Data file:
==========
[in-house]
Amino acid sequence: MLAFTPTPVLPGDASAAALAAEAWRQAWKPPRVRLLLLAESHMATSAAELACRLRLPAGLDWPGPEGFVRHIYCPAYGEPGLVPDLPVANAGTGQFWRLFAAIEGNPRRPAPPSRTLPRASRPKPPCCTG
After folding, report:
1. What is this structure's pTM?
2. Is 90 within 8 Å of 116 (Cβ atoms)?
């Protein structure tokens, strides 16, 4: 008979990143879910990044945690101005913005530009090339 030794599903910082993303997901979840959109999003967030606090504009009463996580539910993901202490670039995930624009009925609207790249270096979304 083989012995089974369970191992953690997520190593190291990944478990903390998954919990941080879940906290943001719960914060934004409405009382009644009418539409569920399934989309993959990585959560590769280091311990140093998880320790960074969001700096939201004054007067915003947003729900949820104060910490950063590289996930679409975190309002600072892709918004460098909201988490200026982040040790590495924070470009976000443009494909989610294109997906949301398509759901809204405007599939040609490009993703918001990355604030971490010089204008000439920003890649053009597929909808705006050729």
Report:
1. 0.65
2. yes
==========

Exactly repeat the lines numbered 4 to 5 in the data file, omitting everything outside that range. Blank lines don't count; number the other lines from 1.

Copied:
1. What is this structure's pTM?
2. Is 90 within 8 Å of 116 (Cβ atoms)?